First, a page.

The researchers tested whether their new enzyme could modify a wide range of small aromatic molecules, ranging from plant flavonoids ?for instance, compounds found in hops that give beer its bitter taste or in other plants act as sunscreens, pigments, or antibiotics ?to olivetol, a component in the production of THC, the active ingredient of marijuana. Unlike other previously known prenylation enzymes that only act on a small number of molecules, this new enzyme was able to attach prenyl groups to most of the different aromatic compounds tested. Some of the newly-formed hybrid molecules had previously been found in natural sources, but the enzyme also built some new compounds that had never been seen before.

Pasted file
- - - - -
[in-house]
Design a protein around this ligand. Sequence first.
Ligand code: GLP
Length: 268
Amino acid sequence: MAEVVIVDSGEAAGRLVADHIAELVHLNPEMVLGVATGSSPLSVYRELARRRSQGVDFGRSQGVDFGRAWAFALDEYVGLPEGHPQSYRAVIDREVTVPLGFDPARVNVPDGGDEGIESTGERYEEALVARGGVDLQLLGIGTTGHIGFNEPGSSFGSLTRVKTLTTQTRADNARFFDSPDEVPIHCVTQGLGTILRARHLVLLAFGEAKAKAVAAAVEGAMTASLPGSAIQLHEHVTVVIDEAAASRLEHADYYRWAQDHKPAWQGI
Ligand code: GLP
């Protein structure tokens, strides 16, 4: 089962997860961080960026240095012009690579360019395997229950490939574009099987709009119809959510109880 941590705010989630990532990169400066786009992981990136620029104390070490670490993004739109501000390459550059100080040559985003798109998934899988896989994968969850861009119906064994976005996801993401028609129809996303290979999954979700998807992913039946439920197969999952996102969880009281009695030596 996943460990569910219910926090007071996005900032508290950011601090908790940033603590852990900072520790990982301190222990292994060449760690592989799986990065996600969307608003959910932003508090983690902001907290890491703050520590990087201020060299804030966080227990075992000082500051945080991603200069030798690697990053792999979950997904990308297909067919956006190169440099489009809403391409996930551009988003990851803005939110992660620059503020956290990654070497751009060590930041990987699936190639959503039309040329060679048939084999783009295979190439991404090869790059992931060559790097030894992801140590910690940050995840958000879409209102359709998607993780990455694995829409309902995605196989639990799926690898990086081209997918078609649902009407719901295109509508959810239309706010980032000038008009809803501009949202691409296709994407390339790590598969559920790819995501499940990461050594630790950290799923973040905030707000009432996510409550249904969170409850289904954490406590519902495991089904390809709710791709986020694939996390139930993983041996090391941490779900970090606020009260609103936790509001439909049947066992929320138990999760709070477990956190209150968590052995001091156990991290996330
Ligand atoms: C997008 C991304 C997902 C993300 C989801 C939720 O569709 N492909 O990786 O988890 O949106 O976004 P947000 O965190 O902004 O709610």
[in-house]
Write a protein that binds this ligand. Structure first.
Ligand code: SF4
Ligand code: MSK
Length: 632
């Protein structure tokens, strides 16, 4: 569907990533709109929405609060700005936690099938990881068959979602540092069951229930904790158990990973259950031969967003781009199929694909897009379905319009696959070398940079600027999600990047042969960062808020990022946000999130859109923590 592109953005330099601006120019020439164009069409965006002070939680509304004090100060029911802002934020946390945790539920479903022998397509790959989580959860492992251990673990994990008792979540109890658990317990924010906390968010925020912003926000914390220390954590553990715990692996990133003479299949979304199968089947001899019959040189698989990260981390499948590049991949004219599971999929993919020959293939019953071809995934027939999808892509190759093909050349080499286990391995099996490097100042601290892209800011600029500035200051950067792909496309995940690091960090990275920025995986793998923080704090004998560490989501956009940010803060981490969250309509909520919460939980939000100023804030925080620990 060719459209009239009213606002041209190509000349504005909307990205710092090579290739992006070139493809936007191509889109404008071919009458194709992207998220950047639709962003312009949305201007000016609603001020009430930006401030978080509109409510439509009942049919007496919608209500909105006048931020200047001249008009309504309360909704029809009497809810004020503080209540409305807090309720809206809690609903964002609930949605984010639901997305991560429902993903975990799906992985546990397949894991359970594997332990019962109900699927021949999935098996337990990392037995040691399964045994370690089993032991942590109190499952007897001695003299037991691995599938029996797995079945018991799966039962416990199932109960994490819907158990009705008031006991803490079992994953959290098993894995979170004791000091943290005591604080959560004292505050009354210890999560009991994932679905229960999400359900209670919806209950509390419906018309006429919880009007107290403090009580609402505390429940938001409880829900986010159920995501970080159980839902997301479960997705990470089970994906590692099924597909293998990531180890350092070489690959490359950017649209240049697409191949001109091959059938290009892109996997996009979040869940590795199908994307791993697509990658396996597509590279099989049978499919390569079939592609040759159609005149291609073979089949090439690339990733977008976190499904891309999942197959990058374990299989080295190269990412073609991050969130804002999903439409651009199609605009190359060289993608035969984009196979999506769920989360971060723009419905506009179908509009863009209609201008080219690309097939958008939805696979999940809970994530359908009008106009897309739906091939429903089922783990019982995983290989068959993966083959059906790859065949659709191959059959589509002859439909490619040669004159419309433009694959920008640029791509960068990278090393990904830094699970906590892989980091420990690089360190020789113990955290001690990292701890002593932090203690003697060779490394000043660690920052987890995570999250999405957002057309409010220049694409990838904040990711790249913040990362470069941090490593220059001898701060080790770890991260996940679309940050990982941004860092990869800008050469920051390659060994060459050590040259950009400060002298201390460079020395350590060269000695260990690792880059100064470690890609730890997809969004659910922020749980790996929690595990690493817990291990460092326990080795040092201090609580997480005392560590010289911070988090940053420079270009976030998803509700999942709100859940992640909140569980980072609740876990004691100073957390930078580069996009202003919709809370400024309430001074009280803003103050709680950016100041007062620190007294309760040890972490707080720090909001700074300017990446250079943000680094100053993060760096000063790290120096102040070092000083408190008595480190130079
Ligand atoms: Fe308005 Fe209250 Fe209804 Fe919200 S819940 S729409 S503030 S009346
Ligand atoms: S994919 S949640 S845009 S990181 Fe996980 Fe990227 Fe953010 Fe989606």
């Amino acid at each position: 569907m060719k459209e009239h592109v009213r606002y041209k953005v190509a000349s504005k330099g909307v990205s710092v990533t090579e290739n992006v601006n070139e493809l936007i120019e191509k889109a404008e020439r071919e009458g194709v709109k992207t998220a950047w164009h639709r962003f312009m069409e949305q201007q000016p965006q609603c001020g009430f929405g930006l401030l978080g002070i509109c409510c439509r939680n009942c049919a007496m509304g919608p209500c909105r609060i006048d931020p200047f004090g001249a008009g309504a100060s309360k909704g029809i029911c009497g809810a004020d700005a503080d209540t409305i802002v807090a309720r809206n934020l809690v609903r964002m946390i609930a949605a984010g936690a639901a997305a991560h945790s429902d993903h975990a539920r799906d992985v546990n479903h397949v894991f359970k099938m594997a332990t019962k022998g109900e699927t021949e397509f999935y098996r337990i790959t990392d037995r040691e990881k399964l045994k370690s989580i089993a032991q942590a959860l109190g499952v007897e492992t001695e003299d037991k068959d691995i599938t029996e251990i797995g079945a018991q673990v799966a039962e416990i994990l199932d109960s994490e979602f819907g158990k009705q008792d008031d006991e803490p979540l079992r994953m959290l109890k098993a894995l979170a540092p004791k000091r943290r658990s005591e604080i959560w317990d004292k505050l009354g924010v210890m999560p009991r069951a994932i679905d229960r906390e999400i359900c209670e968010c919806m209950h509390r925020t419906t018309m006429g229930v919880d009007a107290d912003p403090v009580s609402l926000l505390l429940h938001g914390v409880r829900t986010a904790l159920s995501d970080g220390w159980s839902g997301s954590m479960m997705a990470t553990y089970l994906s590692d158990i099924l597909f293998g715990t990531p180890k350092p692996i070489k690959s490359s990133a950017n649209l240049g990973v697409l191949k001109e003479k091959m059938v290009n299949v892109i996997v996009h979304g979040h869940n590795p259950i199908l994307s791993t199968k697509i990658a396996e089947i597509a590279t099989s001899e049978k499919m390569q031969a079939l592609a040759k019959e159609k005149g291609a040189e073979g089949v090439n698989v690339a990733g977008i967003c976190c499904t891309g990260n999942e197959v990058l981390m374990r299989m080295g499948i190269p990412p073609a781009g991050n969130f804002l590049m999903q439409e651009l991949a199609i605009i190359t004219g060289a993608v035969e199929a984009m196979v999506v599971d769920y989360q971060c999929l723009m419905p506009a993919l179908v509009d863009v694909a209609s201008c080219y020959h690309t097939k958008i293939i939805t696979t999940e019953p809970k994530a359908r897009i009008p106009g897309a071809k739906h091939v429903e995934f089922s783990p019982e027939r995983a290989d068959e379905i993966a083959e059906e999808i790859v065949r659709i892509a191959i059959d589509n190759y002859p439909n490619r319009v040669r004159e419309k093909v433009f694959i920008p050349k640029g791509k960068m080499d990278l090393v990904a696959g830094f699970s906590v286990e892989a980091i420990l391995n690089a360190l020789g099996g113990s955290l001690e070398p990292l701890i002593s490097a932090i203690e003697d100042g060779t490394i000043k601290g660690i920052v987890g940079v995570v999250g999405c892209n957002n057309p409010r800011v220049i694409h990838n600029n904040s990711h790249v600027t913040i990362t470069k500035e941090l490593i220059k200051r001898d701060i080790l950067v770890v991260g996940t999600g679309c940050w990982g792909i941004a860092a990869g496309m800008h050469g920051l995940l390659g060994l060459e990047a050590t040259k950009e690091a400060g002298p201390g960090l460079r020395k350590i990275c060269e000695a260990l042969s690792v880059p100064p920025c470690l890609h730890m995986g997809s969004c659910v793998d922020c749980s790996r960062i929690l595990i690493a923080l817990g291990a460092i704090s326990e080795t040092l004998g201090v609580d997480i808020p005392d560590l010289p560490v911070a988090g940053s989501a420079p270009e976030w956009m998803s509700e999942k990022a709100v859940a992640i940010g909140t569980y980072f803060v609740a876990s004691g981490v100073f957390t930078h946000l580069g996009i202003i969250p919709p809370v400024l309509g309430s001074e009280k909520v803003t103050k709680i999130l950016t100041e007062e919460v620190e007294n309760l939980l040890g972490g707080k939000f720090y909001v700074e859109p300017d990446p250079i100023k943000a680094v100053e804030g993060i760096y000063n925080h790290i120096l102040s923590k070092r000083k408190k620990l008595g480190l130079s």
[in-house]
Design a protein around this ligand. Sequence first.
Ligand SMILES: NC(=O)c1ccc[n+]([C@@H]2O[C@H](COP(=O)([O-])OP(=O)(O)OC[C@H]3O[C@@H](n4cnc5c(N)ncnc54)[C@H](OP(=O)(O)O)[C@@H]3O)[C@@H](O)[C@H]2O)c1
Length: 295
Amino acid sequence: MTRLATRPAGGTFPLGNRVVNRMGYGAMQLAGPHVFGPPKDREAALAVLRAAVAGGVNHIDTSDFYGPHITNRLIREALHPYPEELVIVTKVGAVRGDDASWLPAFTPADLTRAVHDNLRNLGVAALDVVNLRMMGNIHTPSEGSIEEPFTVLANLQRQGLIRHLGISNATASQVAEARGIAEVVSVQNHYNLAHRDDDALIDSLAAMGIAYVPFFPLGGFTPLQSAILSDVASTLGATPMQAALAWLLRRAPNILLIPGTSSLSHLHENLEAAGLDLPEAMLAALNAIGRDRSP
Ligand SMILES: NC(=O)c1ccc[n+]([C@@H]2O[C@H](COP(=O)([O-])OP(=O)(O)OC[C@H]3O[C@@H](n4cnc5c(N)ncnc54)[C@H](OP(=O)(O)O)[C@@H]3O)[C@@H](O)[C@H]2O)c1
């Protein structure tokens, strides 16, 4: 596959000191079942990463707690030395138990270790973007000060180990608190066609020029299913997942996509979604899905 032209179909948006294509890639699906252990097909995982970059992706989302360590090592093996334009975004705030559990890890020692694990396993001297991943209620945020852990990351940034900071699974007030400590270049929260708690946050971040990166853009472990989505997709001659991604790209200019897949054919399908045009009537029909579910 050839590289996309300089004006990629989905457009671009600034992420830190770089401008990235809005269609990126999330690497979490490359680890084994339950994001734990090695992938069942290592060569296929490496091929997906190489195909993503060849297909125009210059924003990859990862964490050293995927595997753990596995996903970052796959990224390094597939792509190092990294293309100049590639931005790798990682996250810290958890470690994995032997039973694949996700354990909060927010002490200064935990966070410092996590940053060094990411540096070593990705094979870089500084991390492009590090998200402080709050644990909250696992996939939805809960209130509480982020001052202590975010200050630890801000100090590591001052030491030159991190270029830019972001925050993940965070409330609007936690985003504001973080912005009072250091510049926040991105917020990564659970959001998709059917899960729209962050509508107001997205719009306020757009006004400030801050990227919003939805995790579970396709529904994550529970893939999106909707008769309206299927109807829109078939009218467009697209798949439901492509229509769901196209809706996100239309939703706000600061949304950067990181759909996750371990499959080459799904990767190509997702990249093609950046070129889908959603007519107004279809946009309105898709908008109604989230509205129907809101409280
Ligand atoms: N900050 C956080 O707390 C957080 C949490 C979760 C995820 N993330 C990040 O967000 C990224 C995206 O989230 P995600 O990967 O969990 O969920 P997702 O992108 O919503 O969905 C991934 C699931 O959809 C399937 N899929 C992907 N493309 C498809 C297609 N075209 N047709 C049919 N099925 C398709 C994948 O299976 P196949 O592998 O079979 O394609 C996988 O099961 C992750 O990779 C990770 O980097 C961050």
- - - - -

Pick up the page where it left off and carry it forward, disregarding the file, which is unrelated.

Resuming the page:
The key to Orf2’s flexibility seems to reside in the active site, the region of the enzyme where the small aromatic molecules bind. In many enzymes, the structure of the active site only allows one specific molecule to interact with it, like a key fitting into a lock. But the scientists found that Orf2’s active site is a surprisingly spacious barrel-like structure, unlike any protein fold ever seen before. Not only does this wide barrel allow Orf2 to act on such a wide range of aromatic molecules, its discovery could also shed new light on the relationship between an enzyme’s structure, the way it has evolved, and the chemical reactions it is able to carry out.
Although the researchers have not yet had a chance to test the modified molecules to see if their function has changed, they believe that Orf2 could be a powerful tool for creating biologically active compounds that could be used as drugs or as new methods of enhancing the disease-preventative properties of plants. Because the enzyme is able to modify such a wide range of compounds, scientists seeking to develop new drugs could use it in several different ways. If they had no particular end pr